Cognitions and physical impairments in relation to upper limb function in women with pain and myofascial dysfunctions in the late stage after breast cancer surgery: an exploratory cross-sectional study

Liesbet De Baets, Nele Devoogdt, Vincent Haenen, Margaux Evenepoel, Lore Dams, Ann Smeets, Patrick Neven, Inge Geraerts, Tessa De Vrieze, An De Groef

Research output: Contribution to journalArticle

Abstract

PURPOSE: Upper limb (UL) function is one of the health outcomes that matters the most for women with breast cancer. However, a better understanding of the factors contributing to UL dysfunctions in the late stage after breast cancer surgery is needed. This study explores associations between impairment-related and cognition-related factors and UL function in women with pain and myofascial dysfunctions at the affected UL region in this late stage after breast cancer surgery.

METHODS: In forty-one women, UL function (dependent variable) was evaluated by the Disabilities of Arm, Shoulder and Hand questionnaire. As independent impairment-related factors, relative excessive arm volume (perimetry), pain intensity (maximum score on the visual analogue scale past week) and humerothoracic elevation and scapular lateral rotation (kinematic analysis) were assessed. As independent cognition-related factors, pain catastrophizing (Pain Catastrophizing Scale) and pain hypervigilance (Pain Vigilance and Awareness Questionnaire) were evaluated. Bi-variable analyses and a stepwise regression analysis were used to explore associations.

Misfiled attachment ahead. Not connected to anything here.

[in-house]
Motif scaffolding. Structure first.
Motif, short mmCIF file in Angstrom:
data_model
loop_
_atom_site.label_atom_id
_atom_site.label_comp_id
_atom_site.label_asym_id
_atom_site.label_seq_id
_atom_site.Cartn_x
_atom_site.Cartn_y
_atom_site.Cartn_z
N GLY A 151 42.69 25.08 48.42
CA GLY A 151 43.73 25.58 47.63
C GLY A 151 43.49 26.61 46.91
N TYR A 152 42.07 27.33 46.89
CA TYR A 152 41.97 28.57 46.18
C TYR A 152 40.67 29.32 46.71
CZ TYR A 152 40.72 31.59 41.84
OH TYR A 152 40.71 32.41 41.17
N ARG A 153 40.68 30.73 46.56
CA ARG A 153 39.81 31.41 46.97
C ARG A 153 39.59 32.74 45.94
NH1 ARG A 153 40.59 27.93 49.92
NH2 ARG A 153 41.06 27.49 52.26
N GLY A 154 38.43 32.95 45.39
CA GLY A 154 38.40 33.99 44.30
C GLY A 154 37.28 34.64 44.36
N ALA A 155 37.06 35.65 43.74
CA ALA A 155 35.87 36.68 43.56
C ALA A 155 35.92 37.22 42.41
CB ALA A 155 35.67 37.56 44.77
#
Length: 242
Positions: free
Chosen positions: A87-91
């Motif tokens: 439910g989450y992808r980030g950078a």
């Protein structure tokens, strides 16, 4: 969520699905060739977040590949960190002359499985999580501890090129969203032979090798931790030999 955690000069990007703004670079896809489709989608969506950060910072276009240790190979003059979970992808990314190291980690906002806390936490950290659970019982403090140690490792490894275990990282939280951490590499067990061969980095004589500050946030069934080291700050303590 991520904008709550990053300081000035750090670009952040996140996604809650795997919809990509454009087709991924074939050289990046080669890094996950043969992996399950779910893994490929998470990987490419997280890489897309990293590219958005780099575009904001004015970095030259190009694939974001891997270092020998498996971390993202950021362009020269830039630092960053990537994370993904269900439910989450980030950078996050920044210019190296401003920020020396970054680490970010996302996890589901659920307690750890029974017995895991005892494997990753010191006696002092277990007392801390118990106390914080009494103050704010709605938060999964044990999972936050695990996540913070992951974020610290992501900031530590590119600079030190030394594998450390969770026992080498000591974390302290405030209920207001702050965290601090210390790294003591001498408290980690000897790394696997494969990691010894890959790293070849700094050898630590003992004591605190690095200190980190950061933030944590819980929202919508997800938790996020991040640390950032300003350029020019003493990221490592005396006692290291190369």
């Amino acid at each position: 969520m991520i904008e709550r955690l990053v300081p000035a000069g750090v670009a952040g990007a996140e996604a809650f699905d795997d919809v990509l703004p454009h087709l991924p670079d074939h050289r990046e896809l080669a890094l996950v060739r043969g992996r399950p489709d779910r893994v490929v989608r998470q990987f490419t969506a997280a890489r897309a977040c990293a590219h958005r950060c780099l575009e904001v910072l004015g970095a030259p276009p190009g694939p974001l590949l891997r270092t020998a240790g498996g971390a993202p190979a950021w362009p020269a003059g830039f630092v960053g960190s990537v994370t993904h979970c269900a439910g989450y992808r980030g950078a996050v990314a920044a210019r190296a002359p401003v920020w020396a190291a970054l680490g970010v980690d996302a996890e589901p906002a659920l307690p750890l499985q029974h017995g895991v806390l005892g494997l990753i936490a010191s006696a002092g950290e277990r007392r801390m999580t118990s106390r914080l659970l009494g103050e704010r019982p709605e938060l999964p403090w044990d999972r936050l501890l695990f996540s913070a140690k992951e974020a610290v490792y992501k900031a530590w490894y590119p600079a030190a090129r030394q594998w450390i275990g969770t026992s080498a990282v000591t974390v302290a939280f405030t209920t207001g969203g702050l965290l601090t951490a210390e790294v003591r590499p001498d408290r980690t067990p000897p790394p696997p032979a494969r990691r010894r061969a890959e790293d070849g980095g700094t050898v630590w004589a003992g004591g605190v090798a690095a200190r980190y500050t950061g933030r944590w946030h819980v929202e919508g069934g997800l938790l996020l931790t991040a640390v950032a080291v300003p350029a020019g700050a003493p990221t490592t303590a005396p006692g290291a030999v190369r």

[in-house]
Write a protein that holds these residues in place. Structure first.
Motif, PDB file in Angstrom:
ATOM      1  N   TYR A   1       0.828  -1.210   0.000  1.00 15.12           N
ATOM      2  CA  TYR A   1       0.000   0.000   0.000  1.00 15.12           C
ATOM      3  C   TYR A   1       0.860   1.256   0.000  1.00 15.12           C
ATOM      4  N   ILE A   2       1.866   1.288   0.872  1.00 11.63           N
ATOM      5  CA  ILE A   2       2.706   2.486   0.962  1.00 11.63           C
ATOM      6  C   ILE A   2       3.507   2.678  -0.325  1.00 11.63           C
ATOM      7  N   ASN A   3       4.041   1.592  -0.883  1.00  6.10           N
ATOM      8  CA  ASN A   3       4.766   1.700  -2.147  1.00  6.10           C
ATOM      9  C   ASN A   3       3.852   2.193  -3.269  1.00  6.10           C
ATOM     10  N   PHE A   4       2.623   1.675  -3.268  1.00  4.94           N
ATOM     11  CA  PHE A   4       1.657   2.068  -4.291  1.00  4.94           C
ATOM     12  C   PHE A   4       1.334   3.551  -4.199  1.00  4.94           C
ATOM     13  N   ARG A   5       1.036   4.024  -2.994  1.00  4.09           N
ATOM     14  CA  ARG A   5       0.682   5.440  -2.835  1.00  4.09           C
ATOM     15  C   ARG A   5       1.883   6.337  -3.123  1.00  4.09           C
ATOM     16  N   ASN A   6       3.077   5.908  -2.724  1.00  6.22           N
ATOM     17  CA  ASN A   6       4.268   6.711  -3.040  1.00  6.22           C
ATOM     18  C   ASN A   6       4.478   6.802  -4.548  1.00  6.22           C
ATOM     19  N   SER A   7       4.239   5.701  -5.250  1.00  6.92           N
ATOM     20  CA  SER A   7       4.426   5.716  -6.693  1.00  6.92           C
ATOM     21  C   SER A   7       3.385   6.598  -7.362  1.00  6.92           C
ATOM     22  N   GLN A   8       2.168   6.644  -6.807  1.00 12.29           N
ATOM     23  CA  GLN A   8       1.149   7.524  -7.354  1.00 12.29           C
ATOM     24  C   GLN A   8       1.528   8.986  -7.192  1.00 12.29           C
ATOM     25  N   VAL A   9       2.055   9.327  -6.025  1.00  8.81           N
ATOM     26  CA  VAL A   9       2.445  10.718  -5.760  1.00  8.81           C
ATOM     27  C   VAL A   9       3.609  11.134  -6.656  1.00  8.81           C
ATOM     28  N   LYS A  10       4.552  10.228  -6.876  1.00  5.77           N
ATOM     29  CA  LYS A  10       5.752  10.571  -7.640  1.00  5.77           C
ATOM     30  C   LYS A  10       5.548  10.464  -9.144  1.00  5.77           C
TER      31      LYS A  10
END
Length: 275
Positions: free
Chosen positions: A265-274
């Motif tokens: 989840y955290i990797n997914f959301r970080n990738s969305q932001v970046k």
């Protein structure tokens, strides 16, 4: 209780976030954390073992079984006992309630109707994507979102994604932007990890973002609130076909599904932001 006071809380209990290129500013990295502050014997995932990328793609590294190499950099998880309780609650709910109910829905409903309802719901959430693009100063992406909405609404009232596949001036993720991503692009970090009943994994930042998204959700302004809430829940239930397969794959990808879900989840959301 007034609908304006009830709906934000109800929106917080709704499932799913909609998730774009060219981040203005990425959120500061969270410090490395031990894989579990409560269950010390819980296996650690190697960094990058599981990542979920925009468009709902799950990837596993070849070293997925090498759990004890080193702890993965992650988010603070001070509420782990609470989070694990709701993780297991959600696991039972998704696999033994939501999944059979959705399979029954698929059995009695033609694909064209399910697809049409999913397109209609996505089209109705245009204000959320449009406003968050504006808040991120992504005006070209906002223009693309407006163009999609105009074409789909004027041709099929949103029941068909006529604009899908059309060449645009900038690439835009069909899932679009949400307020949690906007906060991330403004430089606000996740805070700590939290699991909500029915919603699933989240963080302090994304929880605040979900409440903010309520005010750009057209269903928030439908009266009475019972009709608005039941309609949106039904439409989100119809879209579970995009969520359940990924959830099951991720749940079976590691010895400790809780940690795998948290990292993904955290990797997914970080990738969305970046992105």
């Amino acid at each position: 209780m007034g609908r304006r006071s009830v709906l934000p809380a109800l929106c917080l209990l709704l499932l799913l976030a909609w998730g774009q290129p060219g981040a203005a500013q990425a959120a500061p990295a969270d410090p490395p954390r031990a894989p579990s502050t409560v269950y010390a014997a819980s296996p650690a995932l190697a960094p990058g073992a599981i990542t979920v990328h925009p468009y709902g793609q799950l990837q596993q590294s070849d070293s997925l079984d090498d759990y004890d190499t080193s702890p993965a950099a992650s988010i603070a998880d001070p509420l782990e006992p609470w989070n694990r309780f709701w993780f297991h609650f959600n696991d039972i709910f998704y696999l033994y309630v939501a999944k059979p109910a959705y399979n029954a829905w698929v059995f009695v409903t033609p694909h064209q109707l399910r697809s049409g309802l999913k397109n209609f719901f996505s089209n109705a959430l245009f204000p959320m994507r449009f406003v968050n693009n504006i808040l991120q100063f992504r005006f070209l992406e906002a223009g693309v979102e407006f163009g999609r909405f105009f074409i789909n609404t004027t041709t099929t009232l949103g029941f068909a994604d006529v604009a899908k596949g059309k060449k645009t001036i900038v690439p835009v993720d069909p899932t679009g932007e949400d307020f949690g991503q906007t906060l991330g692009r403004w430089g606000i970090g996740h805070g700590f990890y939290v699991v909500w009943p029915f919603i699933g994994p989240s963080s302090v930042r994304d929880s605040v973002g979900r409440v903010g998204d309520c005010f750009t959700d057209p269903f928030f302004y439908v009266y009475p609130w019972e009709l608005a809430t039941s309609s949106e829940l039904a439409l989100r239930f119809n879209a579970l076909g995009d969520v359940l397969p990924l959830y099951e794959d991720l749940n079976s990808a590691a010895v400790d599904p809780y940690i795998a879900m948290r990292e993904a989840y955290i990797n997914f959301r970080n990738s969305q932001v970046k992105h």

RESULTS: A higher pain intensity (r = 0.52; p < 0.001), more pain catastrophizing (r = 0.49; p < 0.001) and more pain hypervigilance (r = 0.40; p = 0.01) were related to more UL dysfunction. Pain intensity (p = 0.029) and pain catastrophizing (p = 0.027) explained furthermore 29.9% of variance in UL function.

CONCLUSIONS: Pain intensity and cognition-related factors are significantly associated with UL function in women with pain and myofascial dysfunctions, indicating the need of assessing pain beliefs in women in the late stage after breast cancer surgery.IMPLICATIONS FOR REHABILITATIONPain intensity and pain-related beliefs, including pain attention and catastrophizing, are related to the severity of upper limb dysfunctions in the late stage after breast cancer surgery.Impairments such as lymphedema and movement restrictions seem not related to upper limb function in the assessed sample.To understand upper limb dysfunctions in the late stage after breast cancer, assessing pain beliefs is needed.

Original languageEnglish
Pages (from-to)1-8
Number of pages8
JournalDisability and Rehabilitation
DOIs
Publication statusE-pub ahead of print - 1 Jun 2021

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